SAP’s goal was to have 1,000 NetWeaver reference customers by 2004. At the end of that year, there were more than 1,500. Admittedly, not good for third parties.

  9. Vinnie Mirchandani

    Vishal very nice of you to comment. Thank you. I will not be at TechEd. Have a successful event!

  10. naomileebloom

    On the same subject, here’s what I wrote in May, 2013:

    SAP, SAP, Wherefore Art Thou SAP?

    [Full disclosure: SAP has not been a client in many years, and then my work with them was quite limited.]

    I’ve always had a warm spot in my heart for SAP. When I published my first (and thus far only) 700+ page book in 1994 (“Human Resource Management and Information Technology: Achieving A Strategy Partnership”), Klaus Tschira, one of SAP’s founders, became a big fan of my work, and me of his.

    Early on, Klaus understood and believed in the power of object models and object-oriented development as well as in the importance of strategic HRM (so going a lot further than merely administrative improvements in HRM), and he translated those views into SAP’s HCM products over the many years that he led HCM product strategy and development. Our friendship started because we were simpatico when it came to enterprise software.

    But it was while I was in Phoenix in 1995 to speak at SAPPHIRE that I saw Klaus’ great humanity. My father collapsed while I was at SAPPHIRE, and I raced home to be with him. Klaus gave my presentation for me, making sure that I didn’t feel I was dropping the ball on him and SAP, for which I always will be grateful. My Dad never regained consciousness, but I was with him and able to support my sister and Mom through the difficult end-of-life decisions facing us — and to do so without any professional guilt. So, even when I’m being critical of some aspect of SAP’s products, leadership, business practices, etc., I’m rooting for their survival and success.

    Therefore, amidst all the discussion yesterday about the latest major organizational changes at SAP (and there have been many such over the years I’ve been following SAP), I kept looking for the silver lining. No surprise that Lars decided to leave as many had predicted this. And no surprise that SAP is betting on HANA; what else should they do? Sad that their track record with HR leaders is so poor, but it’s even sadder that there are no highly visible women in SAP’s executive ranks. But what really troubled me was that, not only via SAP’s own communications but also across the twitterverse and blogosphere, there was very little discussion of what SAP really needs to do in order to restore this giant of the last generation of business applications to being a successful competitor for the next generation. And while I tweeted my thoughts on this yesterday, I felt they deserved a blog post of their own.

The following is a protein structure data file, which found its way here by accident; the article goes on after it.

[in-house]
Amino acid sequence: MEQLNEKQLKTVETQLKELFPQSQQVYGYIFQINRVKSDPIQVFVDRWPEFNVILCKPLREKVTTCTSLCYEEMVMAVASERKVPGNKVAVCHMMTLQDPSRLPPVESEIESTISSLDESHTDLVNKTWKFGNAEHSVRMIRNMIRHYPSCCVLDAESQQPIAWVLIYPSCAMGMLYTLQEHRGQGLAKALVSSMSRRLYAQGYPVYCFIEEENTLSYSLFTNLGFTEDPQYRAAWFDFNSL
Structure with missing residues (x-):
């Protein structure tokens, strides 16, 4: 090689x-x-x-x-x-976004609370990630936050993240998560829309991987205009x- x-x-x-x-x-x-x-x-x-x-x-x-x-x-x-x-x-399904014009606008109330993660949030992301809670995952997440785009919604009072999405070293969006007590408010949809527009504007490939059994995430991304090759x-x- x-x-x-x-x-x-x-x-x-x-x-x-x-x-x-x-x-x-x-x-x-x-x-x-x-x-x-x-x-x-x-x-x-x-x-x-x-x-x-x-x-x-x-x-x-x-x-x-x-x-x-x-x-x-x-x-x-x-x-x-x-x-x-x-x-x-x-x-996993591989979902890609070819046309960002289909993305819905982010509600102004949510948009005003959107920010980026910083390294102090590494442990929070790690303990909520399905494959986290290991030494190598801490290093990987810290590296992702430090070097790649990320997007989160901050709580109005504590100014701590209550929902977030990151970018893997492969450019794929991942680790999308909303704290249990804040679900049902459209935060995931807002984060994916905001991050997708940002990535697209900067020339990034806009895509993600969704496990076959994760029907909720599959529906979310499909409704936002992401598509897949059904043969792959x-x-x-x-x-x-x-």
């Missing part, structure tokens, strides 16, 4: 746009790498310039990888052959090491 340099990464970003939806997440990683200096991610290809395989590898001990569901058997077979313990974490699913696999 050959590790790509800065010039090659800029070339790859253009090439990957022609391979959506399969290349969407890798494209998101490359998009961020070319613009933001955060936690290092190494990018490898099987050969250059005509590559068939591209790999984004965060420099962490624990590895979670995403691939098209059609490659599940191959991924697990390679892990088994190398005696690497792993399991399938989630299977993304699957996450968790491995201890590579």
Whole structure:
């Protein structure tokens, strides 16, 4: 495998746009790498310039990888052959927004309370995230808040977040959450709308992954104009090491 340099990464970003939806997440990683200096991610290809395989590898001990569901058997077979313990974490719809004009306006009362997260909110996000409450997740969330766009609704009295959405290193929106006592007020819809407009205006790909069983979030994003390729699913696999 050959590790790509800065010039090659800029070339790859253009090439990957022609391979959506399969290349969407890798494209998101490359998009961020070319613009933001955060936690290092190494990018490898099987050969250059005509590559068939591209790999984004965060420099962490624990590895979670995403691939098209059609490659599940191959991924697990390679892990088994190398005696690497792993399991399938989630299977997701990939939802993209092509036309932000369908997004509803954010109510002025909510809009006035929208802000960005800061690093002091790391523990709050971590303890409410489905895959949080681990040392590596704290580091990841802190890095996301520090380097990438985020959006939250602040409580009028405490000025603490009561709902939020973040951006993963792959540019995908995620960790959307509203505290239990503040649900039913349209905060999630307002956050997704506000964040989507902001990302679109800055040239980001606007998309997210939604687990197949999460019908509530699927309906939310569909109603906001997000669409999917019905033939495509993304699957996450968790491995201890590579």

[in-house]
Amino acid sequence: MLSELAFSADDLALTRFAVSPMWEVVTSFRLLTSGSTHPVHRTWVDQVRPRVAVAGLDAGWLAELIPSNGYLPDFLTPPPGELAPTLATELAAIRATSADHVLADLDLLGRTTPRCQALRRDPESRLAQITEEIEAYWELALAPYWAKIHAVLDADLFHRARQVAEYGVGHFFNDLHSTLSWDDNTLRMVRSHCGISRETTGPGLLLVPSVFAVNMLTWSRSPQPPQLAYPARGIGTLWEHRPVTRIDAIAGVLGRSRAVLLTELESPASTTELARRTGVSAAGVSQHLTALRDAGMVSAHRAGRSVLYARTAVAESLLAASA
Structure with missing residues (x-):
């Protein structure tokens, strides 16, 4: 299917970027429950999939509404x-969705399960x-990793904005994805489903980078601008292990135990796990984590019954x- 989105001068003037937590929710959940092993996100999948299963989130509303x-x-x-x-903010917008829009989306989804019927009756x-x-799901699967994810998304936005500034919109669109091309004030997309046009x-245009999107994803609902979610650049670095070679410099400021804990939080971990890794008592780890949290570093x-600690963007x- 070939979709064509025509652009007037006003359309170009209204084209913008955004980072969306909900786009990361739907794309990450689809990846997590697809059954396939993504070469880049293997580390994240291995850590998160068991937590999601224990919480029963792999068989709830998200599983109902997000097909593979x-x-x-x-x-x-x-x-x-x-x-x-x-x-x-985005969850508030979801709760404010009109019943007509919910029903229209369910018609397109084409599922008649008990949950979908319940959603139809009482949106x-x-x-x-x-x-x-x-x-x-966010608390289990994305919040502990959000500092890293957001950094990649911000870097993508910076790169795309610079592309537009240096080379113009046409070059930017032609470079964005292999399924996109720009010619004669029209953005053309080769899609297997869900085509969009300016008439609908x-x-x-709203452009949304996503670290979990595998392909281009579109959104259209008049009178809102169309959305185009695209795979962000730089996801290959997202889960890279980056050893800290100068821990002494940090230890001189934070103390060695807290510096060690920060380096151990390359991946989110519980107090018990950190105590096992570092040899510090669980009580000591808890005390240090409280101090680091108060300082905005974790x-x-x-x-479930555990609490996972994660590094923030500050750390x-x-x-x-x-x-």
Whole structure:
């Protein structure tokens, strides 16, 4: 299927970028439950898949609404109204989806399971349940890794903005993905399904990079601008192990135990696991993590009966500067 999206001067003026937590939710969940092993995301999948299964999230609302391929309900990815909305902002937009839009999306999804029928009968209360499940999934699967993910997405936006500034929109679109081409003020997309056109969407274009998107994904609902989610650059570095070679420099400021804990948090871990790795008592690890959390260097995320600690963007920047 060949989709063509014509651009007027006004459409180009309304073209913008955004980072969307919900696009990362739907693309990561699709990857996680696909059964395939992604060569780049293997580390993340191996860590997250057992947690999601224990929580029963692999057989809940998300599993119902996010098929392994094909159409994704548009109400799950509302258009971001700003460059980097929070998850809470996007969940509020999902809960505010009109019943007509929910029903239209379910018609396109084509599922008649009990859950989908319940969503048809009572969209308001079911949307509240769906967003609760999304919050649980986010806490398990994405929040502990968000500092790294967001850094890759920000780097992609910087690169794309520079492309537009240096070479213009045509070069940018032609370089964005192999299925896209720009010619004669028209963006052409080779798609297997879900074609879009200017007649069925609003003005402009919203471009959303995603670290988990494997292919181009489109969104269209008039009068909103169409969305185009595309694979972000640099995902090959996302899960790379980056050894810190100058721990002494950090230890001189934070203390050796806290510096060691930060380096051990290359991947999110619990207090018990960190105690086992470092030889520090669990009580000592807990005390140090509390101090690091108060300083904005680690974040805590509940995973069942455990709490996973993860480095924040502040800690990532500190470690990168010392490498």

I believe that SAP needs a coherent and comprehensive next generation true SaaS applications strategy across all their product domains, and then to have delivered on this yesterday. And since delivery yesterday isn’t possible, then they need to deliver on this at the earliest possible moment. While innovative development platforms and databases are powerful and potentially disruptive, applications since run the world, now with embedded analytics, mobile delivery, built-in collaboration and social everything, and the speed of in-memory to unleash the predictive analytics which are our collective future. So, as SAP’s huge installed base of on-premise customers, but more importantly customers lacking the needed applications foundations for success in the 21st century, make the move to true SaaS (or more specifically to SaaS InFullBloom) in order to reap the significant business benefits of doing so, SAP must be ready to compete again for every single one of these customers.

    Once upon a time, Business ByDesign was supposed to be that next generation, but that doesn’t seem to have panned out, and ByD has been relegated to the lower end of the market after much architectural reworking and without a very strong HRMS/TM capability. And then, after buying the very expensive SuccessFactors, we were told that SAP’s next generation true SaaS offering would be some combination of SuccessFactors for TM, a greatly upgraded and rearchitected Employee Central (and the metadata framework thus introduced is a very good start) for HRMS, a hosted rendition of SAP’s workhorse global payroll (now rebranded “cloud” payroll), some extrapolation of ByD’s financials and many more bits and pieces that lay well beyond my areas of expertise. But in my opinion, that’s not good enough. SAP’s customers, and SAP itself, deserve a lot more.

    I think it’s time for SAP to pick an architecture, development platform, database, object models and everything else that’s needed in the foundation and then to bring to market a whole new applications suite. If HANA is that architecture, development platform, database and more of the needed foundation, that would be terrific. But even if that’s true, even if everything else we need as to effective-dating, inheritance, security, etc. etc. is contained within HANA, even if HANA provides a fully models-driven, metadata-rich, definitional development environment, there’s still a lot of heavy lifting needed to develop next generation object models across all the applications domains served by SAP. And then those next generation applications must be reincarnated or built fresh on top of those object models within HANA.